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Vision Outcomes Following Anti–Vascular Endothelial Growth Factor Treatment of Diabetic Macular Edema in Clinical Practice

Open AccessPublished:April 20, 2018DOI:https://doi.org/10.1016/j.ajo.2018.04.010

      Purpose

      To determine monitoring and treatment patterns and vision outcomes in real-world patients initiating anti–vascular endothelial growth factor (anti-VEGF) therapy for diabetic macular edema (DME).

      Design

      Retrospective interventional cohort study.

      Methods

      Setting: Electronic medical record analysis of Geisinger Health System data. Study Population: A total of 110 patients (121 study eyes) initiating intravitreal ranibizumab or bevacizumab for DME during January 2007‒May 2012, with baseline corrected visual acuity of 20/40 to 20/320, and ≥1 ophthalmologist visit during follow-up. Main Outcome Measures: Intravitreal injections per study eye during the first 12 months; corrected visual acuity, change in corrected visual acuity from baseline, proportions of eyes with ≥10 or ≥15 approximate Early Treatment Diabetic Retinopathy Study letter gain/loss at 12 months; number of ophthalmologist visits.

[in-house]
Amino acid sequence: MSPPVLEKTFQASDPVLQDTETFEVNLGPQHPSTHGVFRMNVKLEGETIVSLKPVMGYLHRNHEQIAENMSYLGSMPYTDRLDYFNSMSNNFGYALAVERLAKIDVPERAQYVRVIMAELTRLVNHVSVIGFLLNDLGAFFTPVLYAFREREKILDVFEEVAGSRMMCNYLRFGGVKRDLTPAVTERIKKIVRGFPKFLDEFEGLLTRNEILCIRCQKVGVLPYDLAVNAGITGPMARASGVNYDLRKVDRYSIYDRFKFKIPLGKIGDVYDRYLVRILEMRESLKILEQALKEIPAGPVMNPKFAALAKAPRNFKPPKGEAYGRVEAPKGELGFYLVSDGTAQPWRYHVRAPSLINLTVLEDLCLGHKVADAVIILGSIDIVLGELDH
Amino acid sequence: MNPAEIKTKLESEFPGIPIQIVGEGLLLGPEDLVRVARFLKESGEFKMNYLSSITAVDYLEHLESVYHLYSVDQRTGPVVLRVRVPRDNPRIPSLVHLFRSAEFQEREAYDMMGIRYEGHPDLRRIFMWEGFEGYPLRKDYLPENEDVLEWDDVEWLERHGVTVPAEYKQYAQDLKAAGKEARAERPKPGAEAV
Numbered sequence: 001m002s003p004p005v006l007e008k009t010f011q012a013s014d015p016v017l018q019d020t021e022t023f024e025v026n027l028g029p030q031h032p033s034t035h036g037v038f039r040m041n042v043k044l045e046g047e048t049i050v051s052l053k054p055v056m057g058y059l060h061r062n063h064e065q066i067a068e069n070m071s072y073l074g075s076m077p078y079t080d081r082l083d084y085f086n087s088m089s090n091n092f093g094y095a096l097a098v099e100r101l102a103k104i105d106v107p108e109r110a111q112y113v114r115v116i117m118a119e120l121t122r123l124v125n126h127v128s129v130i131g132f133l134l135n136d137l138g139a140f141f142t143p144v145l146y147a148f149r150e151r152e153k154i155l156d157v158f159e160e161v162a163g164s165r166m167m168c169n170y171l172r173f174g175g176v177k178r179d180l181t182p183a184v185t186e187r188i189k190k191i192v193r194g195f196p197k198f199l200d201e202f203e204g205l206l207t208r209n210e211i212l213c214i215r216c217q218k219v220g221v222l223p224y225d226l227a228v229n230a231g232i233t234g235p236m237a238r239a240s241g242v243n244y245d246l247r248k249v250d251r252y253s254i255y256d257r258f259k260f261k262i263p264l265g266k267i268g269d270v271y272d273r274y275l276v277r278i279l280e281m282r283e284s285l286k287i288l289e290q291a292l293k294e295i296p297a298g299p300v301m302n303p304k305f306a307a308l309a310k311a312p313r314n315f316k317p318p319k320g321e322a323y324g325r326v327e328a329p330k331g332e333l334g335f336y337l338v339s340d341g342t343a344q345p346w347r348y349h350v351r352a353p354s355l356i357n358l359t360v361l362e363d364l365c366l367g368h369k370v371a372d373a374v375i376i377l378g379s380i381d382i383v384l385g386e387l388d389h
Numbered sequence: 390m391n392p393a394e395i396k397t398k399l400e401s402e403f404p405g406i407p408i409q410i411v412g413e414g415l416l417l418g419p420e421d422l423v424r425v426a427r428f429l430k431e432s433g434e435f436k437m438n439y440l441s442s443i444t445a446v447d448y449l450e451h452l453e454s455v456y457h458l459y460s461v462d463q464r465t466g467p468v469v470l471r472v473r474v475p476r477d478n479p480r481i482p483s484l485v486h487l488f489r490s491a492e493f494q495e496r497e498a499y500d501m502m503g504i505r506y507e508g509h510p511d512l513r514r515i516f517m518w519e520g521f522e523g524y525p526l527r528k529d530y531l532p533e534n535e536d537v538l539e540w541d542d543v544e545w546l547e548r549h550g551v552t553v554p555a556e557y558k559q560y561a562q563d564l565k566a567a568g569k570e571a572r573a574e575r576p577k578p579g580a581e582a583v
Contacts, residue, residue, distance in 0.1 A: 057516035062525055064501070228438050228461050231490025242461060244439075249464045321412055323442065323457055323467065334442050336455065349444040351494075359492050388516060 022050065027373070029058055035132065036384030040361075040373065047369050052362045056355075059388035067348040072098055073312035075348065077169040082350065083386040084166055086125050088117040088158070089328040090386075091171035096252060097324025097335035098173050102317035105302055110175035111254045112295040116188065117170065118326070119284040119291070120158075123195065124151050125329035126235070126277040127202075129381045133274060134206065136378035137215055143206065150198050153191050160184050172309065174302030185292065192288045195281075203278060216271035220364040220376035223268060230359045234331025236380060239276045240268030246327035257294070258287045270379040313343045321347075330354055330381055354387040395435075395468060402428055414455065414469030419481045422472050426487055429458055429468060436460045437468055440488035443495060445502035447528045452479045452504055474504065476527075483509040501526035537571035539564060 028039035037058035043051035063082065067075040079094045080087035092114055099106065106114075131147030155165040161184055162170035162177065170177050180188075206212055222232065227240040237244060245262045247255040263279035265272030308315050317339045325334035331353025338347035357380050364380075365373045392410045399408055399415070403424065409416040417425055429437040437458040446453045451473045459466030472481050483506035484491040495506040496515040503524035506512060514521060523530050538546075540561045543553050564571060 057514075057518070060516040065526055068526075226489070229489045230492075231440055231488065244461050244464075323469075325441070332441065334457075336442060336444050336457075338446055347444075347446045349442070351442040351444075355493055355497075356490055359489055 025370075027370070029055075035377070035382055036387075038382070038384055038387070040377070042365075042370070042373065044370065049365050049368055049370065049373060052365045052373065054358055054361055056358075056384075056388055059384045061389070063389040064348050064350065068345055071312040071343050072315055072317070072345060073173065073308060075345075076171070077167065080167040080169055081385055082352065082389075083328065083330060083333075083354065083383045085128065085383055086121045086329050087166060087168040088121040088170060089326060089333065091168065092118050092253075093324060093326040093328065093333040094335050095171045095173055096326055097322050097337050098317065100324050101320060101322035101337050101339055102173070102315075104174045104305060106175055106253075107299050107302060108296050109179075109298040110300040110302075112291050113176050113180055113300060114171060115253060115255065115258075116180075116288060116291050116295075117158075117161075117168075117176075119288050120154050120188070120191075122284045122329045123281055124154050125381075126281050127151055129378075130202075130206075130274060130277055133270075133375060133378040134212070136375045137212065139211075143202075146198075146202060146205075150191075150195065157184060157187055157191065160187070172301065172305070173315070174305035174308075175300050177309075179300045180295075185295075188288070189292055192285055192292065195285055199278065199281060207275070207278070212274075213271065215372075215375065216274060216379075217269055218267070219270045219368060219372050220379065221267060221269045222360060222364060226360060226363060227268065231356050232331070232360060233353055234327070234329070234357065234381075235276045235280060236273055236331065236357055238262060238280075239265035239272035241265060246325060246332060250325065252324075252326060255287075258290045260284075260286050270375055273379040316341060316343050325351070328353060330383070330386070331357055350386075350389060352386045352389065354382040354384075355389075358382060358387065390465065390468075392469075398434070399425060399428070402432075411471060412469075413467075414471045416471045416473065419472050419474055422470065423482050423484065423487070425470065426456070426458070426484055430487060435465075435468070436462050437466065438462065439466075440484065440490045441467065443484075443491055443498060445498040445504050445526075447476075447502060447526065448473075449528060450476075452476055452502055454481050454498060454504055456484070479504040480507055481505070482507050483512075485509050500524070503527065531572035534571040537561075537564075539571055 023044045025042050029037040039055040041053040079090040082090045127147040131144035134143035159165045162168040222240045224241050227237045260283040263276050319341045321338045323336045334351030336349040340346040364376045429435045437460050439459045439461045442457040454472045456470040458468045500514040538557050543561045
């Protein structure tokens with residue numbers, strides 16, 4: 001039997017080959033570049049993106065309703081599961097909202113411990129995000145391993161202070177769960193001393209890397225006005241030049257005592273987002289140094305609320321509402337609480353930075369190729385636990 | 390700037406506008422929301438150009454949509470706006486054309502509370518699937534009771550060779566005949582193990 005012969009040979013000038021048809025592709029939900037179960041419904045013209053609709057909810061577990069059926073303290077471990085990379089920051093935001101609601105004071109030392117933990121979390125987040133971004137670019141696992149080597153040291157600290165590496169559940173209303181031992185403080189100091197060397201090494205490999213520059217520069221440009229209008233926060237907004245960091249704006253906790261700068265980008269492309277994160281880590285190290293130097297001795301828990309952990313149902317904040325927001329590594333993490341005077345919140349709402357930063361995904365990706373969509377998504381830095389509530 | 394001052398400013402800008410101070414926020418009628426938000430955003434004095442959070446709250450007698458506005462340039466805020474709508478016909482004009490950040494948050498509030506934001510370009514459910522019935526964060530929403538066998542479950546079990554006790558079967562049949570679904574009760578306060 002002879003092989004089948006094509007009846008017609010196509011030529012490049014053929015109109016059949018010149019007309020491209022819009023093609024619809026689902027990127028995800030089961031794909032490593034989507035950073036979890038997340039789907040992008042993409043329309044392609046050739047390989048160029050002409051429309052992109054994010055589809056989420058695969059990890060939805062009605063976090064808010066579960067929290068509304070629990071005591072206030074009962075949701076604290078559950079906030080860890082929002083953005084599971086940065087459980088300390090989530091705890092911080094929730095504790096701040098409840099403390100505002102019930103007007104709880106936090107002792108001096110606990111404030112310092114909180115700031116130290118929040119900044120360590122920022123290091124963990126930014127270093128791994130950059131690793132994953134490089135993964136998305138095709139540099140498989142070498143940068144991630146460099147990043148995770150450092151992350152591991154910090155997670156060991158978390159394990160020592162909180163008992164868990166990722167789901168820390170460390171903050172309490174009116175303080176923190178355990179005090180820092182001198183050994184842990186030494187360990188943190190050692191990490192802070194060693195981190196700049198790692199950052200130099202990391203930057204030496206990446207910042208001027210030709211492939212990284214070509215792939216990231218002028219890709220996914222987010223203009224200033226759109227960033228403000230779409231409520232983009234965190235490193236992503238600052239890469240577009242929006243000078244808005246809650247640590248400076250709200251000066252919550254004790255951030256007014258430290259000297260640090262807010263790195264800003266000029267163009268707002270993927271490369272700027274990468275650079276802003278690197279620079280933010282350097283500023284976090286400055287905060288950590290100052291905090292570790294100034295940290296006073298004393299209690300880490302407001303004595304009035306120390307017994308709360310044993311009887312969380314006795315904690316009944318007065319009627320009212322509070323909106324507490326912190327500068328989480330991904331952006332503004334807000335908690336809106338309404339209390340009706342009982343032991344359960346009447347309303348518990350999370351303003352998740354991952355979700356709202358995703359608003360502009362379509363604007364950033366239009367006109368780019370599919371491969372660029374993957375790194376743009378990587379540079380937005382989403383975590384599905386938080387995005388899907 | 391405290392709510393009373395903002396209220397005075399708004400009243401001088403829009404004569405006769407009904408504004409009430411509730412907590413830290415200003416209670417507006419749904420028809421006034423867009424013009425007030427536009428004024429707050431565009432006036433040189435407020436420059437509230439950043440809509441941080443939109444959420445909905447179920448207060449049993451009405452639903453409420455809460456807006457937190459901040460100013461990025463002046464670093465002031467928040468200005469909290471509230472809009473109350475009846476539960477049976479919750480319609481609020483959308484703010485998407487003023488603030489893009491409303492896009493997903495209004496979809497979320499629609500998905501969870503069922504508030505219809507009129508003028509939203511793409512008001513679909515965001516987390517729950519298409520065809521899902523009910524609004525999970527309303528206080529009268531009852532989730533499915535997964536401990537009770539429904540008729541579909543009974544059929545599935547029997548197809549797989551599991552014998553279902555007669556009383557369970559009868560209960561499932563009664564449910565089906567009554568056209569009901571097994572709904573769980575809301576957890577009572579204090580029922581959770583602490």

Results

      Over 12 months, mean number of ophthalmologist visits was 9.2; mean number of intravitreal injections was 3.1 (range, 1–12), with most eyes (68.6%) receiving ≤3 injections. At 12 months, mean corrected visual acuity change was +4.7 letters (mean 56.9 letters at baseline); proportions of eyes gaining ≥10 or ≥15 letters were 31.4% and 24.0%, respectively; proportions of eyes losing ≥10 or ≥15 letters were 10.8% and 8.3%, respectively. Eyes receiving adjunctive laser during the first 6 months (n = 33) showed similar change in corrected visual acuity to non–laser-treated eyes (n = 88) (+3.1 vs +5.3 letters at 12 months).

      Conclusions

      DME patients receiving anti-VEGF therapy in clinical practice undergo less frequent monitoring and intravitreal injections, and achieve inferior vision outcomes to patients in landmark clinical trials.